Doxxing can be a scary occurrence for internet users. The information you thought was secure is now in the hands of hackers and whoever else wants it on the World Wide Web. Not all hope is lost, though. You can take steps to get ahead of any hacker or someone who has a grudge against you. These six tips will show you how to prevent doxxing.
1. Make Your Social Media Private
The first step is to make your social media private and monitor who has access to your social media posts. You may have entered your full date of birth on apps like Twitter. These apps typically have privacy settings that, by default, will display your birthday, email address and other information you’ve entered. Go to your privacy settings and change them to where only you can see it or a select group of friends.
2. Pick a Pseudonym
On some apps like Facebook, it’s common to use your real first and last name on your profile. However, users typically use pseudonyms on other platforms like Reddit, Discord and more. When constantly interacting with strangers on the web, a fake name will protect your identity because it’s difficult to trust strangers.
If a hacker is attempting to doxx you, they’ll try to collect your information from multiple websites. If you use the same name or username on social media platforms, cybercriminals will have a higher success rate of getting your data. Pseudonyms are a simple yet effective way for people who want to know how to prevent doxxing.
3. Connect to Secure Wifi Networks
One of the best ways to protect your information is to connect to a secured wifi network. An unsecured network, such as a public access network, is vulnerable to hackers. They can use malicious software and track what you’re doing. The hacker can see the information whenever you type in your username and password to log in. Sometimes, you have to use public wifi when on the road. If you do, limit your activity and don’t provide sensitive information.
4. Use a VPN
Sometimes, secure wifi networks aren’t enough. Expert hackers can still find ways to see your internet protocol (IP) address. That alone won’t give away your exact location, but it will get them closer. One solution to protect your identifying information is to use a virtual private network (VPN).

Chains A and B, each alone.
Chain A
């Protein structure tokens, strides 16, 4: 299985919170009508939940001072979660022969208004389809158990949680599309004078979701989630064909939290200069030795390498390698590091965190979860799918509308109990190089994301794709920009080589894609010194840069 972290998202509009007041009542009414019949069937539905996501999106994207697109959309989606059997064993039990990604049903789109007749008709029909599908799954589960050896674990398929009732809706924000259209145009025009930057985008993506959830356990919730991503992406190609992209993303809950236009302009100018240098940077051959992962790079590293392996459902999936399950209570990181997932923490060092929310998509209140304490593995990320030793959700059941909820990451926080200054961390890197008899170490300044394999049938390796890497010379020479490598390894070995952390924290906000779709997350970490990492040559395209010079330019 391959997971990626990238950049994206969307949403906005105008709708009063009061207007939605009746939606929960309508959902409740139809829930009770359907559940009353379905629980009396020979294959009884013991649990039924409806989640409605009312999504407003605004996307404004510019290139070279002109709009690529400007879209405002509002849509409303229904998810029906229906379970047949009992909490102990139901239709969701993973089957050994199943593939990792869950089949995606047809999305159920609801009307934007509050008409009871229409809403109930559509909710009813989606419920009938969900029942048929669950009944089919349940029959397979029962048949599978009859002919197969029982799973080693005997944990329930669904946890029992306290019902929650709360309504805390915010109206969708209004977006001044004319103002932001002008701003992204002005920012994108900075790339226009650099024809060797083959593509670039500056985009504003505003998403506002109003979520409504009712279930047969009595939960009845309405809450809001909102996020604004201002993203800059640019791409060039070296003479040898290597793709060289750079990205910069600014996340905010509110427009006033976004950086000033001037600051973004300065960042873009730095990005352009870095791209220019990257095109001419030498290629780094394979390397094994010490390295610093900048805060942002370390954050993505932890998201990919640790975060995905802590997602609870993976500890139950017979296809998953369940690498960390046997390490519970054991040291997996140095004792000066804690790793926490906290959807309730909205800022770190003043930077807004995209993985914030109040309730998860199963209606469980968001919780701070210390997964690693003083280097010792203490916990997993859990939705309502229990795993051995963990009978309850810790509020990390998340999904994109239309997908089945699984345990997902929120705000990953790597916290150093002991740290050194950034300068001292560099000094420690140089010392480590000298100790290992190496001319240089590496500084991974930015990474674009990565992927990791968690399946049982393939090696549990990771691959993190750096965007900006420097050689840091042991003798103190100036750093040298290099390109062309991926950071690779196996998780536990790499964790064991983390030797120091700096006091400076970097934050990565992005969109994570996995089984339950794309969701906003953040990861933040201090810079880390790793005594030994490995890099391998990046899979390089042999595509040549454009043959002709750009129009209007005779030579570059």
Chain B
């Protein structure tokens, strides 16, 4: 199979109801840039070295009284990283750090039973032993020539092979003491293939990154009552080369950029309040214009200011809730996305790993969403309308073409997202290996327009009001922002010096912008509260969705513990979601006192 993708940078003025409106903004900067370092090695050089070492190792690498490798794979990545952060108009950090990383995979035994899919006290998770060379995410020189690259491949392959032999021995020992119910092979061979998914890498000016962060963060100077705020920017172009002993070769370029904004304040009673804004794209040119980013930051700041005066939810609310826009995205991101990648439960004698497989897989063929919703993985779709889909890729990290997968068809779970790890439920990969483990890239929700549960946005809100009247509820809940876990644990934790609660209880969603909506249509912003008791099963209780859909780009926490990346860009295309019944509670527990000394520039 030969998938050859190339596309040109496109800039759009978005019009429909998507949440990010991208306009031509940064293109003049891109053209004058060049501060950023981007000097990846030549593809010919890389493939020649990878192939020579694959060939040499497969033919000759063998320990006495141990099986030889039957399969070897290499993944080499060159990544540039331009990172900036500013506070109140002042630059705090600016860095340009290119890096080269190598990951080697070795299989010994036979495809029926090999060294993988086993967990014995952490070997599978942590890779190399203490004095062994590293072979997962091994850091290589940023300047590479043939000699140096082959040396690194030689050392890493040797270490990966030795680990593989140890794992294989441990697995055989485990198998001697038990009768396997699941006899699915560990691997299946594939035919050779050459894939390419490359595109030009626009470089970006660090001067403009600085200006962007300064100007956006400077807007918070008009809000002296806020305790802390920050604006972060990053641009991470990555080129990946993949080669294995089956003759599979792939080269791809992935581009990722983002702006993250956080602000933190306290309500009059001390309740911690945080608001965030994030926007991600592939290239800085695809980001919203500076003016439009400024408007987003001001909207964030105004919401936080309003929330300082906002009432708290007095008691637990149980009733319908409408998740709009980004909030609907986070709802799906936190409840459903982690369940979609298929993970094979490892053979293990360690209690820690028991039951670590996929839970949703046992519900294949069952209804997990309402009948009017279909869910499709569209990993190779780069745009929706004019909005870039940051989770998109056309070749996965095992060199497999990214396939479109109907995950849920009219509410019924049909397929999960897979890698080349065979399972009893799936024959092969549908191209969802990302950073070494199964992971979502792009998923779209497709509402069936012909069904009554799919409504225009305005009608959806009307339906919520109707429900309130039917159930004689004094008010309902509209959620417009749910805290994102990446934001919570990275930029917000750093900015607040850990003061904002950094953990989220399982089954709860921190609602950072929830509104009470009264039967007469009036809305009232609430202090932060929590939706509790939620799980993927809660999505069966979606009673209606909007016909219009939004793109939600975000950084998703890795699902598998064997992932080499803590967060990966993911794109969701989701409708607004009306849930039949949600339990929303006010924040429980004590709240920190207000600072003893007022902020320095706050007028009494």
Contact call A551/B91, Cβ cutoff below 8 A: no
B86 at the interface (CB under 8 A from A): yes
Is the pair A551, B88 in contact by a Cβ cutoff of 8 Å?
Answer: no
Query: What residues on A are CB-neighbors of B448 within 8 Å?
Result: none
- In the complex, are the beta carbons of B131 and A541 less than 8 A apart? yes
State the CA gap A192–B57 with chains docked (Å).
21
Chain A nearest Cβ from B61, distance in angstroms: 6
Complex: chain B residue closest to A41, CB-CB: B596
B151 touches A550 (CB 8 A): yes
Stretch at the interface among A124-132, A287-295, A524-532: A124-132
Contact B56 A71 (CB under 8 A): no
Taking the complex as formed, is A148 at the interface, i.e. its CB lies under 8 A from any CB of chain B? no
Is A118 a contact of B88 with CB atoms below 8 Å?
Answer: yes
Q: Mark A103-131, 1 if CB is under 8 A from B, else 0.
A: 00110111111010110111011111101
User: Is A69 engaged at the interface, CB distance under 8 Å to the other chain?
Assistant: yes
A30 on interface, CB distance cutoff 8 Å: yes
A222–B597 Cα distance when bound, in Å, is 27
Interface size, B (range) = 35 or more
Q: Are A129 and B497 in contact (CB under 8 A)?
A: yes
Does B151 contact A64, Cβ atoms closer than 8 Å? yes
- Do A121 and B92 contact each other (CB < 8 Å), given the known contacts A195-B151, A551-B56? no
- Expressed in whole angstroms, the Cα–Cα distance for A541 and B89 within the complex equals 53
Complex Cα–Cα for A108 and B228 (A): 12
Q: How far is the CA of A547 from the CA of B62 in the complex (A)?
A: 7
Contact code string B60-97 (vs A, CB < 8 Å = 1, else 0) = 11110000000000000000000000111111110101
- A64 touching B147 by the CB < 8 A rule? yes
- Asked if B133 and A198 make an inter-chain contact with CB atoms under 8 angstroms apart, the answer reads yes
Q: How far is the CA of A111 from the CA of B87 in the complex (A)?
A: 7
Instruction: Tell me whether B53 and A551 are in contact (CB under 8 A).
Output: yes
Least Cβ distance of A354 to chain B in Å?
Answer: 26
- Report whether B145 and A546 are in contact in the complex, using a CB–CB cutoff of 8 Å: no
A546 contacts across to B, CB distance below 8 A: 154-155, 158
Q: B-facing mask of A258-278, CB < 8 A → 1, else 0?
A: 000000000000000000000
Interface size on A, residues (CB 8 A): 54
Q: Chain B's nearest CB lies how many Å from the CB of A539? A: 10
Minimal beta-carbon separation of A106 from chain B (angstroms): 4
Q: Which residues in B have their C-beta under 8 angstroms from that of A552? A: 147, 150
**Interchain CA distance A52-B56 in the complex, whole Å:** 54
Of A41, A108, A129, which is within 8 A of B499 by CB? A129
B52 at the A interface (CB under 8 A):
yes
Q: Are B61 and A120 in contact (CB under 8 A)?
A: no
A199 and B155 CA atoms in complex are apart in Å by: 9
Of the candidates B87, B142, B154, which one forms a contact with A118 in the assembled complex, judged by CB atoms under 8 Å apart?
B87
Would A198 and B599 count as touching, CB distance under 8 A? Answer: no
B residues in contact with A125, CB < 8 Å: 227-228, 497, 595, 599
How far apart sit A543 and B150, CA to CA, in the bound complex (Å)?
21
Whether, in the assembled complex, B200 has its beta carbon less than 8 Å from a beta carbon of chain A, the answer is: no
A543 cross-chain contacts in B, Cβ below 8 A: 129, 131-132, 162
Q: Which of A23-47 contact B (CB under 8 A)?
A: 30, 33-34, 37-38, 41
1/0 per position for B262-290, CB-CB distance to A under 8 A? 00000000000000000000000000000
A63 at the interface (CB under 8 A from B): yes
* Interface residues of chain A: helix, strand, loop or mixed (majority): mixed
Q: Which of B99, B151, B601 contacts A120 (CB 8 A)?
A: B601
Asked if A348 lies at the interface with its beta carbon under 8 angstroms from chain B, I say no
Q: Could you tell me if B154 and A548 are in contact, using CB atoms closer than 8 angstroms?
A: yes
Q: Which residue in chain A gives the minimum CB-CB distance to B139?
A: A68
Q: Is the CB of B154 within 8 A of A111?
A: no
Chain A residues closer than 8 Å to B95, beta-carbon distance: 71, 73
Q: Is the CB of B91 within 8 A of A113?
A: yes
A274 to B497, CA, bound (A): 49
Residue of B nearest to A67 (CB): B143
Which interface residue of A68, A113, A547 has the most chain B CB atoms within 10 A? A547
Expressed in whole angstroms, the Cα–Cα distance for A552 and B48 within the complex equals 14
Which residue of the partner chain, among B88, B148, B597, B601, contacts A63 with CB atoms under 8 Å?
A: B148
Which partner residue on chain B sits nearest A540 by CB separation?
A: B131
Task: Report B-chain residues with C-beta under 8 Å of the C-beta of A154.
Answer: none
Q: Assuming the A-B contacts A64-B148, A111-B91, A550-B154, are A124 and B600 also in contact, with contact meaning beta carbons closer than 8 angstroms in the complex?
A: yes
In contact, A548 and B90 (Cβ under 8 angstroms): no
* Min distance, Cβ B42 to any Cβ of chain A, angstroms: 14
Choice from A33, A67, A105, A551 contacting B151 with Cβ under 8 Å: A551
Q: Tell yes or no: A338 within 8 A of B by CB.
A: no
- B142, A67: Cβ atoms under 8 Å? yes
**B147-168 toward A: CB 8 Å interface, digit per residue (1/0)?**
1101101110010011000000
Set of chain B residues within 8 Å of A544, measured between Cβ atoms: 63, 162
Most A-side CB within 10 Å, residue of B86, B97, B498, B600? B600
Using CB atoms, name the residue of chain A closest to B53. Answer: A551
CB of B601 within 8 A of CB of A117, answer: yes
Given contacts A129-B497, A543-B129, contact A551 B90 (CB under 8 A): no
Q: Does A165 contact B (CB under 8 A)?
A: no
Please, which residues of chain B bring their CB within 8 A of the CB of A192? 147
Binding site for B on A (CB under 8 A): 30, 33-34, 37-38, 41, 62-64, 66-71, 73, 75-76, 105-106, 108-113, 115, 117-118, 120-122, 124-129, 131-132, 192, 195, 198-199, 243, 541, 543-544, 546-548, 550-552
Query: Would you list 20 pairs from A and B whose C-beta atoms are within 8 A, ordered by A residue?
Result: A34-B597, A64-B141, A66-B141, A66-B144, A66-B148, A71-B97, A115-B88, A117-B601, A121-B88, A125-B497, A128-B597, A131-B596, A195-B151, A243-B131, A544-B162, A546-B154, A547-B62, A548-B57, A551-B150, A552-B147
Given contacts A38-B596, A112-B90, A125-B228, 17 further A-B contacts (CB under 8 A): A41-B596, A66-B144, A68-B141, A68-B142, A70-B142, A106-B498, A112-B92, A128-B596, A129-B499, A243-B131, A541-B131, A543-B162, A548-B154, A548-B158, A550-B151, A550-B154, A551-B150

VPNs are a way to connect securely to the internet and protect your location. These networks are private connections because they mask your whereabouts. If you live in Chicago, a VPN could make a hacker think you’re in Canada, South Korea or elsewhere. Any hacker attempting to steal your information would get the VPN’s data instead, which is not yours. VPNs benefit online gamers who inadvertently angered a fellow player seeking revenge.
5. Create and Rotate Strong Passwords
This tip is practical for anybody wanting to strengthen their cybersecurity habits and those who want to learn how to prevent doxxing. As mentioned above, hackers will attempt to find your login information for one website. If they do, they may have found your passwords for many sites if you use the same password. That’s why it’s essential to create strong passwords for every site you use.
Password managers can make this task easier by creating strong codes that you can securely store. Once you have used these passwords, rotating them once a month or so is wise. Practicing these cybersecurity basics will help combat doxxing. Add another layer of security and utilize multifactor authorization (MFA), curtailing the hacker of your information.
6. Update Software
This last tip is another rule of thumb for preventing doxxing and keeping your cybersecurity risk low. Keeping all of your software updated is an excellent way to prevent hackers from stealing your information. Software companies regularly send out security updates to fix the bugs. Outdated devices unable to access these security updates put you at risk for doxxing.
How to Prevent Doxxing by Hackers
Cybersecurity has become a heightened concern in the last few years. Cyber thefts and cyberattacks have increased dramatically since the pandemic’s beginning in 2020. Hackers can put you at risk by doxxing. The public doesn’t need to know your passwords, banking information and other records. The culprit could be a cybercriminal, or it could be someone you know. For any situation, follow these six tips on how to prevent doxxing.
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